Technically, “expire” also refers to an exhalation from the lungs, so using expire to describe the exhalation of the spirit from the body and the fact that an inhalation is not sure to follow may be appropriate after all. It was, ultimately, respiratory failure for my father: an expiration his last mortal act.

Then there is “lost,” as in “I lost my father.”

I didn’t lose him in the sense that I don’t know where he is. I know exactly where he is, saw for myself the funeral home, the cremation oven, the ashes, and the flowing water where we poured them.

Because despite the many definitions of “lost,” the first one that registers for me is always being unable to find one’s way.

Sure, there are other definitions: something irrecoverable, as he is now, or in which a defeat has been sustained, as he did with cancer.

And now, more than usual, I find myself struggling to find my own way, not fully knowing where I am as tears threaten the surface at the slightest provocation and at the most inopportune and unexpected of moments.

So “lost” doesn’t seem appropriate to describe my father so much as it describes me.

The word “loss,” however, carries with it the sense of something now absent and greatly missed despite its rather redundant and unhelpful definition. Yet “I experienced the loss of my father” is rather a mouthful though it is quite accurate.

Moving Forward

And as for my resolutions for 2017, the verb for “resolution” is “resolve.” I resolved to do certain things in 2017. We make resolutions usually with an aim toward achievement or self-betterment. At this particular time, self-betterment dictates that I treat myself kindly. The time for aggressive writing achievement is not now.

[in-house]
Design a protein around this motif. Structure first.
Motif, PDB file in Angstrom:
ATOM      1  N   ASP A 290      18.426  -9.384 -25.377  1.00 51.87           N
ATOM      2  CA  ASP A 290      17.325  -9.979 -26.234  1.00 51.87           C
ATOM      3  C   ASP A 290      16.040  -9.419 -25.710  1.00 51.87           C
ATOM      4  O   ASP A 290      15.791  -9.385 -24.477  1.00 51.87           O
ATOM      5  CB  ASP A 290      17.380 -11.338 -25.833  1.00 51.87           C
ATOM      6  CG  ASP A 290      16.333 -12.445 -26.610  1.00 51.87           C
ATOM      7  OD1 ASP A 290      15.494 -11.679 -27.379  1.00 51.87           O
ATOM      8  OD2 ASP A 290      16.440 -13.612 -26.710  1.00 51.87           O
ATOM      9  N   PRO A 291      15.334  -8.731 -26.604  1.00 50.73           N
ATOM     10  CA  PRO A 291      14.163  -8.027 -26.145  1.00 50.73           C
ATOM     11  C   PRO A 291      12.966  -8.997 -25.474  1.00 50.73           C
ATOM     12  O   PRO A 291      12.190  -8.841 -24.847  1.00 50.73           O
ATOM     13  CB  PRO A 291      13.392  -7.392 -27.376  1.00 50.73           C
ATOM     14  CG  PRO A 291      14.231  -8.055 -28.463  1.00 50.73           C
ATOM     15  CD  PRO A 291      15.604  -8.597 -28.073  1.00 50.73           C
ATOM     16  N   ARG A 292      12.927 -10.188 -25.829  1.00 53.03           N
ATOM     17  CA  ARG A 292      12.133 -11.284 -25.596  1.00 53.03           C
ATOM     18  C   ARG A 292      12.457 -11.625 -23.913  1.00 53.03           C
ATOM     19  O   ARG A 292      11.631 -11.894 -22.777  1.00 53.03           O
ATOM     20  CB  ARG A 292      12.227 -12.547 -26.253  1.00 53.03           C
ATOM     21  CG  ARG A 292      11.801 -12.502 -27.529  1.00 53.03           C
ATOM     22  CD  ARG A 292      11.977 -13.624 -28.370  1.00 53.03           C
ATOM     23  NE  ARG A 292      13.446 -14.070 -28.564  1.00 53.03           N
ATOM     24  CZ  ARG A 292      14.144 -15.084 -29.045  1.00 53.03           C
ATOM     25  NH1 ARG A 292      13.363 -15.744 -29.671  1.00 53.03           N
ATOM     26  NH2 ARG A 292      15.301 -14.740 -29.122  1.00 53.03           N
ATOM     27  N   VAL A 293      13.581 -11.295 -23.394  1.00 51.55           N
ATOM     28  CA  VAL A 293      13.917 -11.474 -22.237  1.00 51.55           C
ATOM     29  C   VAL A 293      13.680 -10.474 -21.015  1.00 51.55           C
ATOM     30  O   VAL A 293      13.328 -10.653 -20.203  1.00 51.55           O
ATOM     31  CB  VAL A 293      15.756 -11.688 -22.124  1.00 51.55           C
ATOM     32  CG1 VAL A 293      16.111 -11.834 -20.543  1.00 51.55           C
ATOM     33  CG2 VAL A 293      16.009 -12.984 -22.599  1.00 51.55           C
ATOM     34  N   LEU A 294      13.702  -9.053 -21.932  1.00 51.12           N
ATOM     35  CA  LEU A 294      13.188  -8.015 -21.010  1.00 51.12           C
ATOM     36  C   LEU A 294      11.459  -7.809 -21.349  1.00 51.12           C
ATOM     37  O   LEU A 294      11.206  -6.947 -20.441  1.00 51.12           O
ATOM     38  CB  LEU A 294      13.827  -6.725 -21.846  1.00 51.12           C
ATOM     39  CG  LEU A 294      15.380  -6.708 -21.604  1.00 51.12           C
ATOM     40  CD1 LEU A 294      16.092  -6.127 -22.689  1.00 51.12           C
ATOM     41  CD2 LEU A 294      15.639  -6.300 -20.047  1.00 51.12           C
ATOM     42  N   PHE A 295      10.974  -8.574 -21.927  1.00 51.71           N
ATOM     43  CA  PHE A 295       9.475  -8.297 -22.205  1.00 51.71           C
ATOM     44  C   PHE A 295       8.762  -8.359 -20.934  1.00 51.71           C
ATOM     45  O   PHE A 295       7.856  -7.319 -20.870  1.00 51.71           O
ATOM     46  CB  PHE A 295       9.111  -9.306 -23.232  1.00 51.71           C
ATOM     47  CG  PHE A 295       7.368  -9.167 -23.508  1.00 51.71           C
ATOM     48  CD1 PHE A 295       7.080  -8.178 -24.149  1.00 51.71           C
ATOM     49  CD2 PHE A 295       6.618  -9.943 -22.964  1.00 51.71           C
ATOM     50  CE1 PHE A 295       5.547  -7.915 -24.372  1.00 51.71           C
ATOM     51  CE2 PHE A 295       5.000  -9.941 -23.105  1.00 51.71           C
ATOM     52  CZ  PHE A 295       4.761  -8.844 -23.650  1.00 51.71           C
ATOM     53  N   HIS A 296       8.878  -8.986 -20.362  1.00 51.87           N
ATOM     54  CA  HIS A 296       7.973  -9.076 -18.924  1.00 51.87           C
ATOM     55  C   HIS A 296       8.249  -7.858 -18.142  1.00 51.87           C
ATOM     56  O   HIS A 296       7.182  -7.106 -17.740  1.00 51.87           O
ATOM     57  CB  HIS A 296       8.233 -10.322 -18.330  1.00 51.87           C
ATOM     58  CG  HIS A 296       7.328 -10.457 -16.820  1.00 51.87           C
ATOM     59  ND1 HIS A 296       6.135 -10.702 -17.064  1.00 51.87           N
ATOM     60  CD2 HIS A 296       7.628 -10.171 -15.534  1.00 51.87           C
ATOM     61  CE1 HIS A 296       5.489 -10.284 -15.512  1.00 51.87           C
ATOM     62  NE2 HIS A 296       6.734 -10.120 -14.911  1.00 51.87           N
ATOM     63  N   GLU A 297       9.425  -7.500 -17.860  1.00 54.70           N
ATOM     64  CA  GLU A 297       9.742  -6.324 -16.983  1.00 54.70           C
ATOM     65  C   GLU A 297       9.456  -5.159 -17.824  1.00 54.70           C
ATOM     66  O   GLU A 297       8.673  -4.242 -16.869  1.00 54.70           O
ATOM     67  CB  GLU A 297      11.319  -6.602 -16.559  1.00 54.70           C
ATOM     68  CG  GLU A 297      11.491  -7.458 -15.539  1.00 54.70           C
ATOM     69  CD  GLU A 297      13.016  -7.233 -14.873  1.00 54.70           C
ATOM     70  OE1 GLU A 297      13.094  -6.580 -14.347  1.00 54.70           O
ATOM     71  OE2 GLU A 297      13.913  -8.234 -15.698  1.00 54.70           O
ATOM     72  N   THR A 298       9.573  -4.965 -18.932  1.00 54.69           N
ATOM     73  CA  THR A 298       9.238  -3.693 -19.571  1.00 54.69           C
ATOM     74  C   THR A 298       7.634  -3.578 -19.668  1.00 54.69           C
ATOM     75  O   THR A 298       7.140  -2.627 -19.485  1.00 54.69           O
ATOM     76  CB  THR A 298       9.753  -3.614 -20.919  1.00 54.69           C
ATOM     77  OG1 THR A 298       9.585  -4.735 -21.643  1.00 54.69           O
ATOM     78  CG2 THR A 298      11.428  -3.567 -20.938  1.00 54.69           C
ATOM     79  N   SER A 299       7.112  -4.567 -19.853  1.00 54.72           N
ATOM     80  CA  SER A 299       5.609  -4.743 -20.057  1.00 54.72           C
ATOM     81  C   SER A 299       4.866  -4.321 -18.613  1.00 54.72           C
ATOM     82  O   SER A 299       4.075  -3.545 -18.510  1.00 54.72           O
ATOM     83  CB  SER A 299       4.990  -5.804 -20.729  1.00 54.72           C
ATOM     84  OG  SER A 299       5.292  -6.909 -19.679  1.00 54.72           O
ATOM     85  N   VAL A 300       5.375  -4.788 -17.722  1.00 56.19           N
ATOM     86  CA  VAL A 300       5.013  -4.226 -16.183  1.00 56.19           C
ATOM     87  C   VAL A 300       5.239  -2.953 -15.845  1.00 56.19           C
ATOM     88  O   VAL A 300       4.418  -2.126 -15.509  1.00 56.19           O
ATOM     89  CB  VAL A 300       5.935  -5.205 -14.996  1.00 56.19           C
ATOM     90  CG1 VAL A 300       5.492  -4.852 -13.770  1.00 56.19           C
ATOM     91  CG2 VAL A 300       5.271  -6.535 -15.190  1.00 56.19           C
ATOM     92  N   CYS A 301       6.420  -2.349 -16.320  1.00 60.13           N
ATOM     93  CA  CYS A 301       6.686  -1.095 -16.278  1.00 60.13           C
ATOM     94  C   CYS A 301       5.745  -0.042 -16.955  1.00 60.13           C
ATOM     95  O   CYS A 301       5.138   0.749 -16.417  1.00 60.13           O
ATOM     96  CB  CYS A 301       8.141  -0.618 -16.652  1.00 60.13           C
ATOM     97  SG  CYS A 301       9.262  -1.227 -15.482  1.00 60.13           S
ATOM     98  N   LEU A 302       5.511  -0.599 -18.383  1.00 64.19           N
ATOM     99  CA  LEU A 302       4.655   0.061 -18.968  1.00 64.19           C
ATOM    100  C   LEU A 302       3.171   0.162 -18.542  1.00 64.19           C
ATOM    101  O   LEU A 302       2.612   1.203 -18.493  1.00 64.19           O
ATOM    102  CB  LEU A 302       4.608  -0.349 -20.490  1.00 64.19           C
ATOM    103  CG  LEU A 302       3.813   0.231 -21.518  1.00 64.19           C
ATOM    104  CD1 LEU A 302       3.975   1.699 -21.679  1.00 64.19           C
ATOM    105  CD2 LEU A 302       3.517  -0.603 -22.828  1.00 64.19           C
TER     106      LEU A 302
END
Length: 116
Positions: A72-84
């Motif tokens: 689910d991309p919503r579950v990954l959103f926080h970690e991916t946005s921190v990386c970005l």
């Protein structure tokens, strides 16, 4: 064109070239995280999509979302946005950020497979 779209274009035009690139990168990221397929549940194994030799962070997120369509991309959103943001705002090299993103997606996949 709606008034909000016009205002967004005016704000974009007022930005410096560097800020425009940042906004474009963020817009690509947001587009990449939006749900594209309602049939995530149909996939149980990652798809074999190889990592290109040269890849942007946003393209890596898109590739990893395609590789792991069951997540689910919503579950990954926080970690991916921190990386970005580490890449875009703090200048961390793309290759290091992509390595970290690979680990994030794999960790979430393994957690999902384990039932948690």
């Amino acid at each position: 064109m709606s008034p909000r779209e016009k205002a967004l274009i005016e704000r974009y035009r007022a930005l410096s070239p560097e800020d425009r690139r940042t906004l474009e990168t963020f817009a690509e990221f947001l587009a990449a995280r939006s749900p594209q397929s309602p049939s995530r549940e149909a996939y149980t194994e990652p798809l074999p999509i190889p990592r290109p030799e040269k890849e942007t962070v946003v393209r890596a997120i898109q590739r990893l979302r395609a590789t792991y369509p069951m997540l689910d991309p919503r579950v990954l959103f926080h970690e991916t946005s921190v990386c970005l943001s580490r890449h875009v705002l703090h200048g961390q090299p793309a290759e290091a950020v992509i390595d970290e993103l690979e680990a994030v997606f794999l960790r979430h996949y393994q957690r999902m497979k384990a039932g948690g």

Writing has always provided a solace for me, and making it a burdensome chore or stressor at a time when I need comfort more than ever will backfire. I do not ever want to publish a work that I’m not proud to sign my name to, so if that means my writing needs to take a backseat to my emotional health, so be it. I am still writing, and I am still going to meet my goals.

Final Thoughts

Many people think of four-letter words as the worst ones they know. Well, the vilest word I know is “cancer.” It’s an evil disease. I’ve watched it destroy a strong man and take a  terrible toll on his caregivers, primarily my mother.

Toward the end, certainly, and even before that, what cancer did to my father was no way for a person to live. It was no way for my mother to live either, constantly in fear and worry about what the next hour might bring. His suffering is at an end, but the rest of us still have to come to terms.

Please, please schedule your preventive care visits for 2017 now, when you have time for the things that get in the way, to reschedule them so that you fit them in this year. Prevention, especially with cancer, is so much more reliable than the cure.

Short but frequent doctor’s visits can allow you to avoid the nightmare of chemotherapy, the pain of physical therapy, and the horror that is cancer.

In memory of my father, I beg of you to do it for yourself.